Where do you go when you own the home furnishings market?
The Swedish brand famous for its affordable furniture and accessories has come up with a genuine game changer – an IKEA house in which you can put all that IKEA furniture. An architectural firm in Oregon has collaborated with furniture giant IKEA to come up with a flat-pack home costing just US$86,500.
Called aktiv , the house will be the first in a series of designs offering people an eco-friendly Swedish-inspired home with a functional, wide-open living area that makes clever use of all available space.
IKEA worked with Oregon-based architectural firm Ideabox to come up with aktiv’s design, which features, as you would expect, a whole of kit from IKEA. The house includes everything you could desire from state-of-the-art cooking appliances inside – including an induction cooktop and convection oven – to a counter-depth refrigerator, and dishwasher. The bedroom incorporates plenty of storage in the form of IKEA closets, while the bathroom has a two-sink vanity and four drawers together with a storage cabinet. The home also comes with IKEA’s signature timber flooring.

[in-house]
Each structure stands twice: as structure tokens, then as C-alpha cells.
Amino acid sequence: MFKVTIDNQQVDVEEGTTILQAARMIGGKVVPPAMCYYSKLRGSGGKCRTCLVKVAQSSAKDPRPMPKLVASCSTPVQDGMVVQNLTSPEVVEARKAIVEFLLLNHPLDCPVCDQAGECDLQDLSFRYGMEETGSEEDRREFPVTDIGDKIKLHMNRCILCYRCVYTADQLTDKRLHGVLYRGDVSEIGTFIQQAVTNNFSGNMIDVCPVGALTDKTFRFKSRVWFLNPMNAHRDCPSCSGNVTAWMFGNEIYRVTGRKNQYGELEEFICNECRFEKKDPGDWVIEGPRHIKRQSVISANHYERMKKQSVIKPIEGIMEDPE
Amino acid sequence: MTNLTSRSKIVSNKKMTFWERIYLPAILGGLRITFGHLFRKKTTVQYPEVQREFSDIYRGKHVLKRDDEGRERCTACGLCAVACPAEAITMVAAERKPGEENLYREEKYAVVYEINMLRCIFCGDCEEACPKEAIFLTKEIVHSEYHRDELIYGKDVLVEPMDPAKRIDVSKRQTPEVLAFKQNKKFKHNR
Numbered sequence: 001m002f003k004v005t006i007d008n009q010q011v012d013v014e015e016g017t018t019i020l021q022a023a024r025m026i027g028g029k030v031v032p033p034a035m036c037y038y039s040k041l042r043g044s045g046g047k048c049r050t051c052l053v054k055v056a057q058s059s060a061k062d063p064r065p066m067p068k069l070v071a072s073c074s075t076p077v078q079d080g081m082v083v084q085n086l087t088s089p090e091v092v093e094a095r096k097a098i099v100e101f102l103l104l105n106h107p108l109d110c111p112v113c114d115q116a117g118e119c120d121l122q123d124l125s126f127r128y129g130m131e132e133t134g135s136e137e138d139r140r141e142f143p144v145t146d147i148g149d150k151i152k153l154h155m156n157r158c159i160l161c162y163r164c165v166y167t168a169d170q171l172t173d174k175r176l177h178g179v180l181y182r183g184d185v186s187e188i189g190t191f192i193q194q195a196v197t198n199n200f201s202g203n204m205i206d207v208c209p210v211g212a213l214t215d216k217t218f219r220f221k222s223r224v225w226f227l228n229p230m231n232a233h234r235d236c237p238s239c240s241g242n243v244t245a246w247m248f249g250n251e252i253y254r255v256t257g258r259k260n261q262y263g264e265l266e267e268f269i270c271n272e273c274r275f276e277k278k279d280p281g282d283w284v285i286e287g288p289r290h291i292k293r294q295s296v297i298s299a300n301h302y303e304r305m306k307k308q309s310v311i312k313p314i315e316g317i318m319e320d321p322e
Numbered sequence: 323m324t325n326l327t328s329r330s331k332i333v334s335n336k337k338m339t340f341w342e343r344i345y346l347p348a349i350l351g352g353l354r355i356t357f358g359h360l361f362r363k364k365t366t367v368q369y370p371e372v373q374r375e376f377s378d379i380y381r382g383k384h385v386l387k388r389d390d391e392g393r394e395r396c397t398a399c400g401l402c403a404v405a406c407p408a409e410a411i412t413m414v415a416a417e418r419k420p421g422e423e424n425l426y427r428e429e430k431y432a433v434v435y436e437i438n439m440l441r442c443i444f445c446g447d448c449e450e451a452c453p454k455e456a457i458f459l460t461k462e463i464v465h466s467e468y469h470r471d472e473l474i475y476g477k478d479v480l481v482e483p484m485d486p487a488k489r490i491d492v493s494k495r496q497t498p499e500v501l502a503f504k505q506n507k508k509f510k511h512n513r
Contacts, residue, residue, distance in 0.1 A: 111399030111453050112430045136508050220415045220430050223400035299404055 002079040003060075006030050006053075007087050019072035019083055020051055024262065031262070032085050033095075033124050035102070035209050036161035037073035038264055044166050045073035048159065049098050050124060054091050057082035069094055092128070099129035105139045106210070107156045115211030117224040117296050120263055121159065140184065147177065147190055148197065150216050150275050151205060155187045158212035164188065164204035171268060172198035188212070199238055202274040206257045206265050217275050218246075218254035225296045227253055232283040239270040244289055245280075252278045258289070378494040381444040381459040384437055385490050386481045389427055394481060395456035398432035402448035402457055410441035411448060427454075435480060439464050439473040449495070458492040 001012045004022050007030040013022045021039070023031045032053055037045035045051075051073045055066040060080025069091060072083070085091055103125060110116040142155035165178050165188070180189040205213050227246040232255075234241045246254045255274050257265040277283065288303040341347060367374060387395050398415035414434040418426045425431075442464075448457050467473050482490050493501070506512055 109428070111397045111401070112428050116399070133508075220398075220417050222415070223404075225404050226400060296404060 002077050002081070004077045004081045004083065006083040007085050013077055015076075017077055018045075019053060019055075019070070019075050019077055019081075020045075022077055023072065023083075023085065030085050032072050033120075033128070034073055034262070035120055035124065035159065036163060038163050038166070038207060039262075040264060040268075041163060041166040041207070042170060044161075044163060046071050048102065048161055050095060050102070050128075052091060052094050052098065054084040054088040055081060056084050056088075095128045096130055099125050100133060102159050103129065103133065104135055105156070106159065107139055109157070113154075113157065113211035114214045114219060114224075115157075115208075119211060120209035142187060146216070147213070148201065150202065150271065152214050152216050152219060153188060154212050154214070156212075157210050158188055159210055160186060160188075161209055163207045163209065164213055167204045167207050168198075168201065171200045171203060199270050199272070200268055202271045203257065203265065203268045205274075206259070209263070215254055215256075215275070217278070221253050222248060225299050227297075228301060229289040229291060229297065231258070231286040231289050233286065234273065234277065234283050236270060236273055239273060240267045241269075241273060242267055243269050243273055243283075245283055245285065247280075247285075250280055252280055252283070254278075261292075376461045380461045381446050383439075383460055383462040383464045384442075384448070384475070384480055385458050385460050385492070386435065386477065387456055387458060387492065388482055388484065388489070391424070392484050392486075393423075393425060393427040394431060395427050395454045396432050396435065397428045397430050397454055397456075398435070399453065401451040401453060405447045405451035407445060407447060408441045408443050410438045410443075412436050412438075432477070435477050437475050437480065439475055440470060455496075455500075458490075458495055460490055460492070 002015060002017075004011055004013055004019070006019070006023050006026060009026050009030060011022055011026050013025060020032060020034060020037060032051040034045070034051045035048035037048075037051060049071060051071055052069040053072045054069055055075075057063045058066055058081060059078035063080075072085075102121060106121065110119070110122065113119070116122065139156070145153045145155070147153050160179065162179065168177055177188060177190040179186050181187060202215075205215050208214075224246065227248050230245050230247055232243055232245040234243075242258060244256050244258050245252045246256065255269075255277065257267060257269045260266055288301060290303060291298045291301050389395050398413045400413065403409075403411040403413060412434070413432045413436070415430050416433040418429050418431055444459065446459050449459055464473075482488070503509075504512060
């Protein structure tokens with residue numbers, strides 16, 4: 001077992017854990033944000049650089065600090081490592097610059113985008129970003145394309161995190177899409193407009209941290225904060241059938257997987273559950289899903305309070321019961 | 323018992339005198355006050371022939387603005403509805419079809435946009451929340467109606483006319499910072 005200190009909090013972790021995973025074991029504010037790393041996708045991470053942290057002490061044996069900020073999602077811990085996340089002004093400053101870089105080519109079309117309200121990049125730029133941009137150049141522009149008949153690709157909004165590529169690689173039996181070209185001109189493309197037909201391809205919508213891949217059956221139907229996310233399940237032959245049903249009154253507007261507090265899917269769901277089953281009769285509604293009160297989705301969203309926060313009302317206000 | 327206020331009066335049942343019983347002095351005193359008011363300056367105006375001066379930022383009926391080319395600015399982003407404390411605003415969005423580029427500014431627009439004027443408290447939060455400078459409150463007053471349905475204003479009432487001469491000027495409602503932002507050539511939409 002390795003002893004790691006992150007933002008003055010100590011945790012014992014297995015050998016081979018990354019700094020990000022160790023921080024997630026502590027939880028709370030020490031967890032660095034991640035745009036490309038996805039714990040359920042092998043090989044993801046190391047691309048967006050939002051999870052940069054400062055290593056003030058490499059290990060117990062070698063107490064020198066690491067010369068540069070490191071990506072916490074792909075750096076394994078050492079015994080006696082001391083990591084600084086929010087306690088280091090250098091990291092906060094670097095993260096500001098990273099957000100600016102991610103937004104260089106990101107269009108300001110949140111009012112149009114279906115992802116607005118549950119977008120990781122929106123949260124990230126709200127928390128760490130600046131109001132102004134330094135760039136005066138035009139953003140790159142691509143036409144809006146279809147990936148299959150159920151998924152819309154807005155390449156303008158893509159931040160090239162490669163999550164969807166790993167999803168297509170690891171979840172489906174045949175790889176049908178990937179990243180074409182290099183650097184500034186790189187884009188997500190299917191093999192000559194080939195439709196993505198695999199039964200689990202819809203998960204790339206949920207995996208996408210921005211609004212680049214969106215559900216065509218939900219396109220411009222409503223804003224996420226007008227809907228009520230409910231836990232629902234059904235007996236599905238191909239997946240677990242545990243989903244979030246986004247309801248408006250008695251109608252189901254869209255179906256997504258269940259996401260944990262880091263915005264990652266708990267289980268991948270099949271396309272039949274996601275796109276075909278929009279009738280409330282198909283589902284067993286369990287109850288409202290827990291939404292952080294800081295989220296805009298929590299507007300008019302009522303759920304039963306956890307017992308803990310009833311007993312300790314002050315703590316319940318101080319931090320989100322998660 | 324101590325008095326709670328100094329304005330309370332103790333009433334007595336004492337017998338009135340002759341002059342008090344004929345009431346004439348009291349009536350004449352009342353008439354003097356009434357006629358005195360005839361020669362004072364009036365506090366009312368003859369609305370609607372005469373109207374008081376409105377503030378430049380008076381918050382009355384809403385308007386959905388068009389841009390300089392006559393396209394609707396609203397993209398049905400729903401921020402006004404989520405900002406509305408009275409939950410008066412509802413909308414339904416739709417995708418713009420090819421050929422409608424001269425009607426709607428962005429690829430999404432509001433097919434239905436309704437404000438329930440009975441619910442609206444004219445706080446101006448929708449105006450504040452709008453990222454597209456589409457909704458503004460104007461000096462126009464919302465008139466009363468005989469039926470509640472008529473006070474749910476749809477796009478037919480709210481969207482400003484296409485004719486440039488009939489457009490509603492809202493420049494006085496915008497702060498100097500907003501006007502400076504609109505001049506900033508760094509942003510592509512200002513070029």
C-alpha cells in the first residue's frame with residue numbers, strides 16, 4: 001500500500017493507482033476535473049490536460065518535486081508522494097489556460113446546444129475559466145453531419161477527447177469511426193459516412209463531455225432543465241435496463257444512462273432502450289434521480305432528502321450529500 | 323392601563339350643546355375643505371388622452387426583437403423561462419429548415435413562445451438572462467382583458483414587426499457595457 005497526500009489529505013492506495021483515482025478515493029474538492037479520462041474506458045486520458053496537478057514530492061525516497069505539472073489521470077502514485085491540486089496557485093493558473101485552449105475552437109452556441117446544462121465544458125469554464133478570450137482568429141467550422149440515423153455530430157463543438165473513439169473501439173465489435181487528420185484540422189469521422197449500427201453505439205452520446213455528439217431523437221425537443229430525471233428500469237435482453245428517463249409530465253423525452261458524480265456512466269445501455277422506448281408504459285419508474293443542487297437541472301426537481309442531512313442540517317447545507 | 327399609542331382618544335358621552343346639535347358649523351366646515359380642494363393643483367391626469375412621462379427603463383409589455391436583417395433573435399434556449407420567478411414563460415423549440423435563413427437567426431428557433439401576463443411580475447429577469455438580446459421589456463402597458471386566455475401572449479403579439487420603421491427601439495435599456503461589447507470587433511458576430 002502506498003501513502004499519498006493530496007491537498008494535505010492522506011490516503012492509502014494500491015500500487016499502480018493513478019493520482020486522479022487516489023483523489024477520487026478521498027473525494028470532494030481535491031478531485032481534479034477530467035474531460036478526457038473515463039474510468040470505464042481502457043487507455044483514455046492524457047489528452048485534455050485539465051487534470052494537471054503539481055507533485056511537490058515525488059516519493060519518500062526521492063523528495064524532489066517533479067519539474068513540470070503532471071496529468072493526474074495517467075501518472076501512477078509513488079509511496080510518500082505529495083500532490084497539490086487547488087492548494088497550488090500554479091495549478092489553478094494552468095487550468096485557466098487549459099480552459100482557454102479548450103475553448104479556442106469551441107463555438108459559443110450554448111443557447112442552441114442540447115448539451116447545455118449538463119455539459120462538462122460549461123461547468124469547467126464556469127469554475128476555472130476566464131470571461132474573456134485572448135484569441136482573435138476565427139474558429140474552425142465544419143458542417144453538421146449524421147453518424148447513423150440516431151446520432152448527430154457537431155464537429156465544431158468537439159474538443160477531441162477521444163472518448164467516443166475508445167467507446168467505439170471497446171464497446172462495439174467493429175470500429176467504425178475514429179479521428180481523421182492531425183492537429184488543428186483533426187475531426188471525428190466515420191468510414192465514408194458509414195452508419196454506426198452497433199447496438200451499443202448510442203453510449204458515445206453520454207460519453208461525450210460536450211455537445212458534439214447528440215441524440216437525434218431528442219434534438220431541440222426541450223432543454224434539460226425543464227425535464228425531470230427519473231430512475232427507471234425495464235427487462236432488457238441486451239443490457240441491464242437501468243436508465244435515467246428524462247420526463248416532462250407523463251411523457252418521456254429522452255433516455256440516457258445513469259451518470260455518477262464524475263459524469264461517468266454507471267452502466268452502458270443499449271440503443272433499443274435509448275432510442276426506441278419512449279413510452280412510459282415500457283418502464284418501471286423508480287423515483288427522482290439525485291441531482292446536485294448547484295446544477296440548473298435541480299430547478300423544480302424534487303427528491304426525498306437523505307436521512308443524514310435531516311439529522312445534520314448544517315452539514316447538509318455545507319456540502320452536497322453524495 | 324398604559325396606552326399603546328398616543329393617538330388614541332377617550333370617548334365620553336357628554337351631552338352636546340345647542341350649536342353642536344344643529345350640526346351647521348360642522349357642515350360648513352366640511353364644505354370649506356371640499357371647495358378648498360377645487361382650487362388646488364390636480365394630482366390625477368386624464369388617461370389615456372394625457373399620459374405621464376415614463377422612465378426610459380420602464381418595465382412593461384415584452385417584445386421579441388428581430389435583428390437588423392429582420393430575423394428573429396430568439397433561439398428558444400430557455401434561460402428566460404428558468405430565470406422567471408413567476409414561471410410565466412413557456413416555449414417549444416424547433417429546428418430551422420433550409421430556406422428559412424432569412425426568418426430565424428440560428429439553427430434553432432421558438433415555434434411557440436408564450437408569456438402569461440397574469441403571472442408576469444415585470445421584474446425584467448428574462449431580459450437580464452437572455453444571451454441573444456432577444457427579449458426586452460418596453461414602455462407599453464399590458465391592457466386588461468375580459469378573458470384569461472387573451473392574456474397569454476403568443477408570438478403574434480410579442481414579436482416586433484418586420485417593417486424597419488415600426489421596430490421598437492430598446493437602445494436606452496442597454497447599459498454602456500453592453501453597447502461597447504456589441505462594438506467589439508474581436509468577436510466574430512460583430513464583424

“For those of us IKEA fans, the pure delight of walking and imagining our way through an IKEA store quickly turns to the daunting task of assembly when we get home,” Ideabox’s website says. “Not a worry… When your [home] arrives, all of the cabinets, countertops, and flooring are installed… it’s like the best of everything!”
Sure it wont be winning any architectural awards, but at just over 53 feet long and 14 feet wide, aktiv is a compact house option. Whilst this home option isn’t available to customers yet, it may just signify a tipping-point for the home building industry in Australia. With land costs at an absolute premium, this model of home will provide a genuine entry point option for many who previously couldn’t afford to enter the market. Likewise, the opportunities for granny flats, holiday cabins, beach houses and sub-divides suggest that IKEA may have innovated themselves into a whole new market category. The question from a brand strategy perspective is whether the IKEA brand can stretch into home building. As a customer I don’t currently expect great build quality or life-span for IKEA furniture, but at $99 for a table – I’m more than happy to accept the compromise. But when the price tag jumps to $85k and the risk is about the roof over our heads – perhaps a better brand strategy would be to launch a new brand that leverages of the most relevant parts of the IKEA heritage.
Either way, if I owned a home building brand in the market – I’d be thinking long and hard about my positioning in what may soon be a new and different marketplace.